Learn Regression: Predict University Graduate Admissions Using Regression

Problem Statement

Predict Graduate University Admissions Using Multiple Linear Regression

To download the dataset:(https://www.kaggle.com/mohansacharya/graduate-admissions)

Dataset Description:

This dataset is created for the prediction of Graduate Admissions from an Indian perspective. It contains the following attributes:

  • GRE Scores (out of 340)
  • TOEFL Scores (out of 120)
  • University Rating (out of 5)
  • Statement of Purpose (out of 5)
  • Letter of Recommendation Strength (out of 5)
  • Undergraduate GPA (out of 10)
  • Research Experience (either 0 or 1)
  • Chance of Admit (ranging from 0 to 1)

Tasks:

  • Download the Dataset from Dropbox
  • Import Required Libraries
  • Load and Analyze the Dataset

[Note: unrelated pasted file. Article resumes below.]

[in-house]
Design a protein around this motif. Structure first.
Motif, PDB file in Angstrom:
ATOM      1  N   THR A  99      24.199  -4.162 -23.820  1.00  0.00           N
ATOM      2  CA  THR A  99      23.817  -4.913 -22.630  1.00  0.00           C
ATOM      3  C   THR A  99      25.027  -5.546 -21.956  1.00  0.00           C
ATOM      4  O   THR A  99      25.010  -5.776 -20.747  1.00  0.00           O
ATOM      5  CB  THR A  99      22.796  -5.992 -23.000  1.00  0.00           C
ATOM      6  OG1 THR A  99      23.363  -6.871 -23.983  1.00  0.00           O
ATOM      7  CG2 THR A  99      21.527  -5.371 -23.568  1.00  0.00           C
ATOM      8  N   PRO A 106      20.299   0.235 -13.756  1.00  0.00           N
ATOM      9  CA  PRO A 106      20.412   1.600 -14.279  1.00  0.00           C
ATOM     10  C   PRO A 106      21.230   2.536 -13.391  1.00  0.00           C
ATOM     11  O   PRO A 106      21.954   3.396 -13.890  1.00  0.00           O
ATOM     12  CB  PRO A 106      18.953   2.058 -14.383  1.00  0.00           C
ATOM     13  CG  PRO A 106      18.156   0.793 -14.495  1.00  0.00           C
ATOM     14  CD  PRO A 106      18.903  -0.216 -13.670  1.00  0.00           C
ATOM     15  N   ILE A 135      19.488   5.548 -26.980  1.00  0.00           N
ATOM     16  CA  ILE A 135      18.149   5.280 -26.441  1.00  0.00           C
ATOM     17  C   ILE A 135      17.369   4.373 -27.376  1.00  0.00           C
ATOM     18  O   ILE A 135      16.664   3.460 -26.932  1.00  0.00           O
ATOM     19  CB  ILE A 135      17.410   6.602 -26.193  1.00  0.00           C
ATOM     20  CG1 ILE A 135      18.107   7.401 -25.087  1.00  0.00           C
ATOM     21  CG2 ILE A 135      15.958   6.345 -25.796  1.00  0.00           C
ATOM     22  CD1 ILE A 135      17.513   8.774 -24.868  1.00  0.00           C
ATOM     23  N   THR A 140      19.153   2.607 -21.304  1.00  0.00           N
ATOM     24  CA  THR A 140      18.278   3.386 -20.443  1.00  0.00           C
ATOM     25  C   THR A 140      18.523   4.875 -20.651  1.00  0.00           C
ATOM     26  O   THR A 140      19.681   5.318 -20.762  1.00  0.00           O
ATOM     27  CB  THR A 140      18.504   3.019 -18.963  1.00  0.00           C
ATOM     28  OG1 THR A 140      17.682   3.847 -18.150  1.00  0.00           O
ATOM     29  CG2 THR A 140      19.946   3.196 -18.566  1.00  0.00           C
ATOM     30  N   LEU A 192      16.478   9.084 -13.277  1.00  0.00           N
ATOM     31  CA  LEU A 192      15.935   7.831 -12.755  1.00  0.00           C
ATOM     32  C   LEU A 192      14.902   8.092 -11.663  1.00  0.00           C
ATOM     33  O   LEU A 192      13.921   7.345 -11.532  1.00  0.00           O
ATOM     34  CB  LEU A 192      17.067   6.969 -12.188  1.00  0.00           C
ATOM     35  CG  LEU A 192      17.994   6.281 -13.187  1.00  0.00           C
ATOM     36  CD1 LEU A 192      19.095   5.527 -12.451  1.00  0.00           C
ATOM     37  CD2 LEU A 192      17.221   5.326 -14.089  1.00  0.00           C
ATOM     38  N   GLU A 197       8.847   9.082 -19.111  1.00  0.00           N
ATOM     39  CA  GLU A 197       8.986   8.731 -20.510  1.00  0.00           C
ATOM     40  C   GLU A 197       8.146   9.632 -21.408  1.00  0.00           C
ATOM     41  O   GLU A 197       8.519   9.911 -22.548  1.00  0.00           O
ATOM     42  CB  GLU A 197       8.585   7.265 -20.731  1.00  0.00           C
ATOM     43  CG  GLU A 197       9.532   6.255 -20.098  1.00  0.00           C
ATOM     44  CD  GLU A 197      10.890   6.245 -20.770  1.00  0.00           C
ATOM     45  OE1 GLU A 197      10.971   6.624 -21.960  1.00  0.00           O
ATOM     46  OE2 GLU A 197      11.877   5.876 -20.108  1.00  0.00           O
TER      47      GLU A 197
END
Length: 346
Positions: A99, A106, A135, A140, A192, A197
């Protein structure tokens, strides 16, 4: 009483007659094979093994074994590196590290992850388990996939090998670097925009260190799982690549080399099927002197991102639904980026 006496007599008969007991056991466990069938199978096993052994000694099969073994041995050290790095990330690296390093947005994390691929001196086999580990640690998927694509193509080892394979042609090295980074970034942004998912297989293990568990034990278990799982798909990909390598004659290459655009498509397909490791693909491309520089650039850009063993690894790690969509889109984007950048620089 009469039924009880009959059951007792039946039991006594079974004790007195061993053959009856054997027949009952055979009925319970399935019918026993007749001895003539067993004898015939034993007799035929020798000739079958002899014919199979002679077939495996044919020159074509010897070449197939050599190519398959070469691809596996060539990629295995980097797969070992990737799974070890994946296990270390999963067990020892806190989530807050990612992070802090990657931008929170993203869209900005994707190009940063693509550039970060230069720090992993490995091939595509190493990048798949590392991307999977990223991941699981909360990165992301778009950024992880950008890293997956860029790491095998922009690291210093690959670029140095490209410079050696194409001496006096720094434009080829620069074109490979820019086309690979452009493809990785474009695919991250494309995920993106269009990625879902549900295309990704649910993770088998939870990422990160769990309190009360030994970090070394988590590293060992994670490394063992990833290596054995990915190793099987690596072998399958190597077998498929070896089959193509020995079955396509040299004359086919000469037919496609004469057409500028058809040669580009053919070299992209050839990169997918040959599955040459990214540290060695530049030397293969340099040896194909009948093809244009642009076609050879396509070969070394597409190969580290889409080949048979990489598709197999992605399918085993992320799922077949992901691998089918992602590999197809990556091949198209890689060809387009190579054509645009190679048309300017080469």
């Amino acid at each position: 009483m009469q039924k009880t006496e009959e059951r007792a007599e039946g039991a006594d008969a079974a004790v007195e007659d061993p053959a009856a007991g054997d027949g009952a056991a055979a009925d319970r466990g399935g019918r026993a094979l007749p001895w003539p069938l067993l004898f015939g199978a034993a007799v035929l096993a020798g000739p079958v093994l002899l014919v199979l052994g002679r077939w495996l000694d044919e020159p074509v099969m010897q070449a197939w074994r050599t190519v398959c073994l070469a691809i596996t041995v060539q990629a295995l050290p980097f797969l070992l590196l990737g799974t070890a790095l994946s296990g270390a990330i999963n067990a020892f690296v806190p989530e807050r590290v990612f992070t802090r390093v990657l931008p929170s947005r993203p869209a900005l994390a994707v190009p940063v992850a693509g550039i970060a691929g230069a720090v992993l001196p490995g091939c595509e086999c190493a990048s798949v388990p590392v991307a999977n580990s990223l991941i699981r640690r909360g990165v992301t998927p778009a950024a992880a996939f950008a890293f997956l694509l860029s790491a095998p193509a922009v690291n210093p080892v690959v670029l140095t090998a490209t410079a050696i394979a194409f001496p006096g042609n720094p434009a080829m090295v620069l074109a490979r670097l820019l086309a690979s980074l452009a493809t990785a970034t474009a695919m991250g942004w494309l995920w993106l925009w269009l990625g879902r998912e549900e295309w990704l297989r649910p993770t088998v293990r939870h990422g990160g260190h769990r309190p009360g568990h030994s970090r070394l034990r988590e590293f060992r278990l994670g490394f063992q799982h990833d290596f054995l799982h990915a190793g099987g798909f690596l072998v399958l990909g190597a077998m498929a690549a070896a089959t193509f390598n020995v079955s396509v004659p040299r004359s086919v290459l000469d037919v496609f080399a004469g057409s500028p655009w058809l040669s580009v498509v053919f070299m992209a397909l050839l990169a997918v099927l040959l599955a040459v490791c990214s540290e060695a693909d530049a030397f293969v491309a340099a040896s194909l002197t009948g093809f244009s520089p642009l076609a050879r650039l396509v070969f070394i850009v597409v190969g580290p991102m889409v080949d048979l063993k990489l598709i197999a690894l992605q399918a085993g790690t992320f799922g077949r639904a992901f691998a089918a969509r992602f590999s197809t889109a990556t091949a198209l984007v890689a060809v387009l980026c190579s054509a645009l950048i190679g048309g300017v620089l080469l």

• Data Visualization
  • Create Training and Testing Split
  • Train & Evaluate a Linear Regression Model
  • Train & Evaluate a Multiple Linear Regression Model

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Task 1: Download the dataset from Dropbox

!wget https://www.dropbox.com/s/f1x86l7xkdkz6ke/Admission_Predict.csv

Task 2: Import Required Libraries

import pandas as pd

import numpy as np

import matplotlib.pyplot as plt

import seaborn as sns

import plotly.express as px

Task 3: Load and Analyze the Dataset

df = pd.read_csv(‘Admission_Predict.csv’)

df.head()

Output

Analyzing the dataset using Pandas Profiling

!pip install pandas-profiling==2.7.1

#Generating a Pandas Profiling Report

import pandas_profiling

from pandas_profiling import ProfileReport

prof = ProfileReport(df)

prof.to_file(output_file=’output.html’)

Output

Analyzing the data using Sweetviz

Sweetviz is an open-source Python library that generates beautiful, high-density visualizations to kickstart EDA (Exploratory Data Analysis) with a single line of code. The output is a fully self-contained HTML application.